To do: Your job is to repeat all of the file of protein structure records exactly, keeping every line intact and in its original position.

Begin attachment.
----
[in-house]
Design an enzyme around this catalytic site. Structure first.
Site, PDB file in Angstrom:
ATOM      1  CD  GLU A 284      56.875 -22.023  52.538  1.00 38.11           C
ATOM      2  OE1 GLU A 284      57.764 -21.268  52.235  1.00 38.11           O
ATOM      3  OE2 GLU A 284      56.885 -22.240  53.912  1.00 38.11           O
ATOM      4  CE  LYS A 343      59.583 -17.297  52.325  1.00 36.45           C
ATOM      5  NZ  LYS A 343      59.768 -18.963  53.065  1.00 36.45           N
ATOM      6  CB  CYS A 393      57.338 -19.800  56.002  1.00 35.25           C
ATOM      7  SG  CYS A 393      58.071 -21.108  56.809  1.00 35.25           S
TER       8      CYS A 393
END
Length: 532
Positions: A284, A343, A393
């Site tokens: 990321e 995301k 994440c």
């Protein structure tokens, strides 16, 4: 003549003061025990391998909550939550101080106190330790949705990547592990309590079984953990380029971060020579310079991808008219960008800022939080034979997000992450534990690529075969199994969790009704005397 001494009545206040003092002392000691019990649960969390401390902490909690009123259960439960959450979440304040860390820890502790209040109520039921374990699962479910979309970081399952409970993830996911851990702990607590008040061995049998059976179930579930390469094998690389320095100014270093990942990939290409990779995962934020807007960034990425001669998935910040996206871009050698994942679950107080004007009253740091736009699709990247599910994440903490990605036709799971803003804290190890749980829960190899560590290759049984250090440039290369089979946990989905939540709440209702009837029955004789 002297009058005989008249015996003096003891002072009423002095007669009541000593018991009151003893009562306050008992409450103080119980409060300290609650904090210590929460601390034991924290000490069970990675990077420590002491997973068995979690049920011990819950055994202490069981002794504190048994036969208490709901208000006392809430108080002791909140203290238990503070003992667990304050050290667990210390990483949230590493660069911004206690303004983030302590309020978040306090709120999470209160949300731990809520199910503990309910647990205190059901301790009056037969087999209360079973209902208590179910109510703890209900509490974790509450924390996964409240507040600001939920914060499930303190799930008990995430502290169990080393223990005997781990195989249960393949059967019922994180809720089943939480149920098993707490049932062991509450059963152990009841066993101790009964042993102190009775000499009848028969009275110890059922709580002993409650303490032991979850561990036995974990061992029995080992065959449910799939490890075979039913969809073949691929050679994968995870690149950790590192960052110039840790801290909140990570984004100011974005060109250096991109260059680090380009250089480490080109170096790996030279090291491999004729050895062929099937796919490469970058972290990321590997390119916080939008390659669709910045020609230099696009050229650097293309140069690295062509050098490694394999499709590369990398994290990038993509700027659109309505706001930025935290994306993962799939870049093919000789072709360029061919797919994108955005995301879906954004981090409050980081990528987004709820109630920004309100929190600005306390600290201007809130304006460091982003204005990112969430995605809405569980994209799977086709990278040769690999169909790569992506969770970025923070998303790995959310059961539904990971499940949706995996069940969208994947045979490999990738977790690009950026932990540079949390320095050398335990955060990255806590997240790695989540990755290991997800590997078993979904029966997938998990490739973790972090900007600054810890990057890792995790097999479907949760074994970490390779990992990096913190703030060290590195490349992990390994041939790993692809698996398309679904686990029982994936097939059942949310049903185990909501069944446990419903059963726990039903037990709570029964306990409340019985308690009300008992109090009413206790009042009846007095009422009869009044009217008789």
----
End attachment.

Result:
[in-house]
Design an enzyme around this catalytic site. Structure first.
Site, PDB file in Angstrom:
ATOM      1  CD  GLU A 284      56.875 -22.023  52.538  1.00 38.11           C
ATOM      2  OE1 GLU A 284      57.764 -21.268  52.235  1.00 38.11           O
ATOM      3  OE2 GLU A 284      56.885 -22.240  53.912  1.00 38.11           O
ATOM      4  CE  LYS A 343      59.583 -17.297  52.325  1.00 36.45           C
ATOM      5  NZ  LYS A 343      59.768 -18.963  53.065  1.00 36.45           N
ATOM      6  CB  CYS A 393      57.338 -19.800  56.002  1.00 35.25           C
ATOM      7  SG  CYS A 393      58.071 -21.108  56.809  1.00 35.25           S
TER       8      CYS A 393
END
Length: 532
Positions: A284, A343, A393
């Site tokens: 990321e 995301k 994440c």
């Protein structure tokens, strides 16, 4: 003549003061025990391998909550939550101080106190330790949705990547592990309590079984953990380029971060020579310079991808008219960008800022939080034979997000992450534990690529075969199994969790009704005397 001494009545206040003092002392000691019990649960969390401390902490909690009123259960439960959450979440304040860390820890502790209040109520039921374990699962479910979309970081399952409970993830996911851990702990607590008040061995049998059976179930579930390469094998690389320095100014270093990942990939290409990779995962934020807007960034990425001669998935910040996206871009050698994942679950107080004007009253740091736009699709990247599910994440903490990605036709799971803003804290190890749980829960190899560590290759049984250090440039290369089979946990989905939540709440209702009837029955004789 002297009058005989008249015996003096003891002072009423002095007669009541000593018991009151003893009562306050008992409450103080119980409060300290609650904090210590929460601390034991924290000490069970990675990077420590002491997973068995979690049920011990819950055994202490069981002794504190048994036969208490709901208000006392809430108080002791909140203290238990503070003992667990304050050290667990210390990483949230590493660069911004206690303004983030302590309020978040306090709120999470209160949300731990809520199910503990309910647990205190059901301790009056037969087999209360079973209902208590179910109510703890209900509490974790509450924390996964409240507040600001939920914060499930303190799930008990995430502290169990080393223990005997781990195989249960393949059967019922994180809720089943939480149920098993707490049932062991509450059963152990009841066993101790009964042993102190009775000499009848028969009275110890059922709580002993409650303490032991979850561990036995974990061992029995080992065959449910799939490890075979039913969809073949691929050679994968995870690149950790590192960052110039840790801290909140990570984004100011974005060109250096991109260059680090380009250089480490080109170096790996030279090291491999004729050895062929099937796919490469970058972290990321590997390119916080939008390659669709910045020609230099696009050229650097293309140069690295062509050098490694394999499709590369990398994290990038993509700027659109309505706001930025935290994306993962799939870049093919000789072709360029061919797919994108955005995301879906954004981090409050980081990528987004709820109630920004309100929190600005306390600290201007809130304006460091982003204005990112969430995605809405569980994209799977086709990278040769690999169909790569992506969770970025923070998303790995959310059961539904990971499940949706995996069940969208994947045979490999990738977790690009950026932990540079949390320095050398335990955060990255806590997240790695989540990755290991997800590997078993979904029966997938998990490739973790972090900007600054810890990057890792995790097999479907949760074994970490390779990992990096913190703030060290590195490349992990390994041939790993692809698996398309679904686990029982994936097939059942949310049903185990909501069944446990419903059963726990039903037990709570029964306990409340019985308690009300008992109090009413206790009042009846007095009422009869009044009217008789």